1/4 cup refined, white sugar, and 1 tablespoon
(I know, you wanted to hear coconut-sugar or honey, or stevia. Trust me, I use C&H sugar. Remember, it’s chemistry. I’ve tried the others…all of them! Just say ‘no’.)
2 teaspoons baking powder
(Of course, make sure it’s gluten-free. Now, I don’t know what baking powder is, and I don’t want to. I just know you need it to make the perfect gluten-free scone.)
1/2 teaspoon xanthan gum
(More evil chemicals, so I’m told. I use Bob’s Redmill, as that seems almost healthy.)
1/2 teaspoon salt
(You need it…baking requires obedience. However, I use Pink Himalayan.)
1/4 teaspoon dried nutmeg
(I love fresh nutmeg, but you need the stuff that’s already powdered. Trust me…)
1/2 cup Kerrygold unsalted butter
(The one that comes in the silver wrapper. If you unfortunately are in a land that doesn’t have Kerrygold, then you’ll need some grass-fed European-type butter. No, you may not use a butter substitute. This baking lark is only for the brave.)
1/2 cup organic dried raisins
(Okay, I was just a little heavy-handed, and it was heaped. But 3/4 cup and it’s not working. And next time, I’m going to try currants, so there’s better dispersion of fruit. I learned this from Mary Berry.)
2 duck eggs
(Yes, I’ve been doing my study. Duck eggs are bigger and better for baking. And as gluten-free baking is often so bloody anemic looking, the extra big, extra yellow yolks help the look as well as the taste.)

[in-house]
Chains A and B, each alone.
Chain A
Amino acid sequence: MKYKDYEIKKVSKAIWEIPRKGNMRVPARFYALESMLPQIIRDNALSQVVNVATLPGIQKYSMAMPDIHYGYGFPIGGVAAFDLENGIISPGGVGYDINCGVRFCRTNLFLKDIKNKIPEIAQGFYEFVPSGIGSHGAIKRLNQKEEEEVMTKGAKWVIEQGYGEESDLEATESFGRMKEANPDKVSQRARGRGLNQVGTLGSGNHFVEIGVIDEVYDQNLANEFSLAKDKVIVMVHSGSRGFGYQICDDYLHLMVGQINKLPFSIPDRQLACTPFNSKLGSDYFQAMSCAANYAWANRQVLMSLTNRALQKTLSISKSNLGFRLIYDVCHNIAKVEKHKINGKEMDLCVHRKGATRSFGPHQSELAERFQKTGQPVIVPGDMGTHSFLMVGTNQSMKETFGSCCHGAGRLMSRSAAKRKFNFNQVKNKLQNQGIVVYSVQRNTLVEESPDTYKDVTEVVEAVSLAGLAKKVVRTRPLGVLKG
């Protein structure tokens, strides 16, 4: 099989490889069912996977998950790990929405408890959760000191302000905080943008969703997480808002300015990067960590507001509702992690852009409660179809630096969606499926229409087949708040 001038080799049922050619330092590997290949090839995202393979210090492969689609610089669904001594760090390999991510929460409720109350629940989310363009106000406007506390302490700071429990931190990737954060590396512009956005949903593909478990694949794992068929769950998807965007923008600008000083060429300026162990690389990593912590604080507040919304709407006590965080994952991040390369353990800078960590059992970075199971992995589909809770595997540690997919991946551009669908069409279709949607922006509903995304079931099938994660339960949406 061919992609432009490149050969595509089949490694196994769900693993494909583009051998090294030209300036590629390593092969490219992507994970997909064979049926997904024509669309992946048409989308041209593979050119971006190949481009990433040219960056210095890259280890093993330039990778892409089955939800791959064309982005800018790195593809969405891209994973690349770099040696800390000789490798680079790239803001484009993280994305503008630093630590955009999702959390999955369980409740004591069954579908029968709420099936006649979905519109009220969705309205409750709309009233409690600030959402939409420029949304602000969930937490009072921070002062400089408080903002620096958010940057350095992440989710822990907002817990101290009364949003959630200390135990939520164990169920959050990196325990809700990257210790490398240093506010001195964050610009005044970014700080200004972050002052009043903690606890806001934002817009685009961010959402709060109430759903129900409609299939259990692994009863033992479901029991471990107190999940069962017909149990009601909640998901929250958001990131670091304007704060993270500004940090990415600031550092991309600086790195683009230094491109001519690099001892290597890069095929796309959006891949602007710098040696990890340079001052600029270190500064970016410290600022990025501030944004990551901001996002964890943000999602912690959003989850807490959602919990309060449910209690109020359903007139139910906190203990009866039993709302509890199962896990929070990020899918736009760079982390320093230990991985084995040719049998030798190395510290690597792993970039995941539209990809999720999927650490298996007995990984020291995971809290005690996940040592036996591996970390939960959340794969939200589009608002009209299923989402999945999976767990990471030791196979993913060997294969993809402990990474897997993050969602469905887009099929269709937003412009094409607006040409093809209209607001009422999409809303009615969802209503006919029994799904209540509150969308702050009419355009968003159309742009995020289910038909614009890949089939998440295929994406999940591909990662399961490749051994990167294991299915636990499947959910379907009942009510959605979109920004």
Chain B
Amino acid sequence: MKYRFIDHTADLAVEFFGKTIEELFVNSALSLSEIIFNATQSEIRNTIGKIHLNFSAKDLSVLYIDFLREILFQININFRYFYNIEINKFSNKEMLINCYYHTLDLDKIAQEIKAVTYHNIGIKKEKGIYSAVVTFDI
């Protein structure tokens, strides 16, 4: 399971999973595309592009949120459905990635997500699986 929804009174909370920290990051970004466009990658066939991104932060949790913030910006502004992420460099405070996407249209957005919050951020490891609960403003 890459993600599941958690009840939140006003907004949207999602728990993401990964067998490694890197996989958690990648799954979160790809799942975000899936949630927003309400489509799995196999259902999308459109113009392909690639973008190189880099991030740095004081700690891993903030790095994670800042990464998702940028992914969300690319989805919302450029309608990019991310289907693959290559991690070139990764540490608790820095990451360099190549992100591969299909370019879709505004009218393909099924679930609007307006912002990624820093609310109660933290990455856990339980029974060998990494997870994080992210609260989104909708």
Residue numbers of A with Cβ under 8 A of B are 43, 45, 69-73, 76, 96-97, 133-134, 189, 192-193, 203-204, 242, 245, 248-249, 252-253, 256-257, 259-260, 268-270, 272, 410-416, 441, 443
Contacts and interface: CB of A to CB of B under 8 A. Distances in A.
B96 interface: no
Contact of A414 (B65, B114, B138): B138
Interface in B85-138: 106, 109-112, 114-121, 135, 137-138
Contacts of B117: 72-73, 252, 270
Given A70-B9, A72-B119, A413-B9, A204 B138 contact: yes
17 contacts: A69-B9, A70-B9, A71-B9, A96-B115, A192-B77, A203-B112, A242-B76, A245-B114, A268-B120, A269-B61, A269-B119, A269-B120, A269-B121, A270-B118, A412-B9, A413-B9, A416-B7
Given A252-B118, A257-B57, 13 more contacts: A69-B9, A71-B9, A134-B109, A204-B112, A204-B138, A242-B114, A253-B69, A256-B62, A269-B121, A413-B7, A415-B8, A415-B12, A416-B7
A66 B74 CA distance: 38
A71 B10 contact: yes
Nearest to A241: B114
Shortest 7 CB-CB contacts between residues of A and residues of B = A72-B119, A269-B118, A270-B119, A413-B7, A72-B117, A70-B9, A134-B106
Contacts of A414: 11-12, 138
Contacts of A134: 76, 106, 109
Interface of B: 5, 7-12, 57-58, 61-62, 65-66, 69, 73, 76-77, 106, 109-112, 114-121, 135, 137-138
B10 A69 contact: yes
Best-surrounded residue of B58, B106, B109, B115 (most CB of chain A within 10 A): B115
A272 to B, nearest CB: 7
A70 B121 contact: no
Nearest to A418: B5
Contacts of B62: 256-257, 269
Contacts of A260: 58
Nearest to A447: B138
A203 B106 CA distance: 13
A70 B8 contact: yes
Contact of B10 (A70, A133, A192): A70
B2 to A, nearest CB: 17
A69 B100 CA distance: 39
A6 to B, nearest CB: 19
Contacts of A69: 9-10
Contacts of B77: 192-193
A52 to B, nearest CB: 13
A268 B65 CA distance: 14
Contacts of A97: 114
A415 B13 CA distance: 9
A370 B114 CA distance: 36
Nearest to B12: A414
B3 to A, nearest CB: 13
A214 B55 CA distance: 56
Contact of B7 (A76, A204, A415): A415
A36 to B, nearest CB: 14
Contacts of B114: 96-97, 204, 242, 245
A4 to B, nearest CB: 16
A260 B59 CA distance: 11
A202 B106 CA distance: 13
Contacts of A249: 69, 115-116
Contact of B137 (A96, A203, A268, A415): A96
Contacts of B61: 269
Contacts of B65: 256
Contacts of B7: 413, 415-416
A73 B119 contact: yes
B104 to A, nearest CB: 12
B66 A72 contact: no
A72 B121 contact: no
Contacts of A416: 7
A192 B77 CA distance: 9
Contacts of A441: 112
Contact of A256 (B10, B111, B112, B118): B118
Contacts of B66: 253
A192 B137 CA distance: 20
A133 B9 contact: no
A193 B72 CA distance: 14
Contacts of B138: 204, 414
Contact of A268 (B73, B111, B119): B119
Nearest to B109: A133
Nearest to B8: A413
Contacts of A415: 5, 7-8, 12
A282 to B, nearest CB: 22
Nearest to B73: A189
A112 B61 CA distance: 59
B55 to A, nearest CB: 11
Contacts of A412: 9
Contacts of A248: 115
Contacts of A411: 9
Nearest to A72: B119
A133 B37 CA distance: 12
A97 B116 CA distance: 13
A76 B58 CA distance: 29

BTW: these gluten-free scones are golden, yes golden! Like real baking.
1/3 cup cold, whole milk
(Taste…remember, we aren’t relying on a ton of sugar, we really want a tasty scone. No 2%, almond, skimmed, hemp or any other ‘milk’ they serve at Starbucks, please.)
1 teaspoon Madagascar planifolia extract, aka Bourbon Vanilla extract
(Spendy, I know! But only the best for our gluten-free baking. And let’s face it, it’ll most likely last for a lifetime, as I’m not making these every weekend.)
And now to make the magic, or I believe it’s usually labelled “Instructions”.
- Get everything you need out of the cupboards, pantry fridge. All the ingredients, and supplies listed.
- One bowl is for wet ingredients and one is for dry. (I did actually learn this at a cooking class…vegetarian cooking lessons.)
- To the ‘dry’ bowl, add your flour blend, 1/4 cup sugar, baking powder, xanthan gum, salt and the nutmeg.
- Then using the whisk, ‘whisk’ them together. (We’re not using a sieve here, sorry Mary Berry.)
- Next we add the butter. I grate mine straight on top of the dry ingredients. Then I use my finger tips to kinda mix it up for a bit. Followed by using two knives to cut the butter in. Hold one in each hand, and cut them back and forth, sort of like you were using a knife and fork, but two knives instead. This stops the butter from melting, but is tedious. So, then I go back to using my fingers to work the butter into the flour until it resembles something rather like coarse breadcrumbs. DO NOT overwork, better to err on the side of caution, than overwork.)
- Use spoon to stir in your raisins.
Keep going…it’s worth it…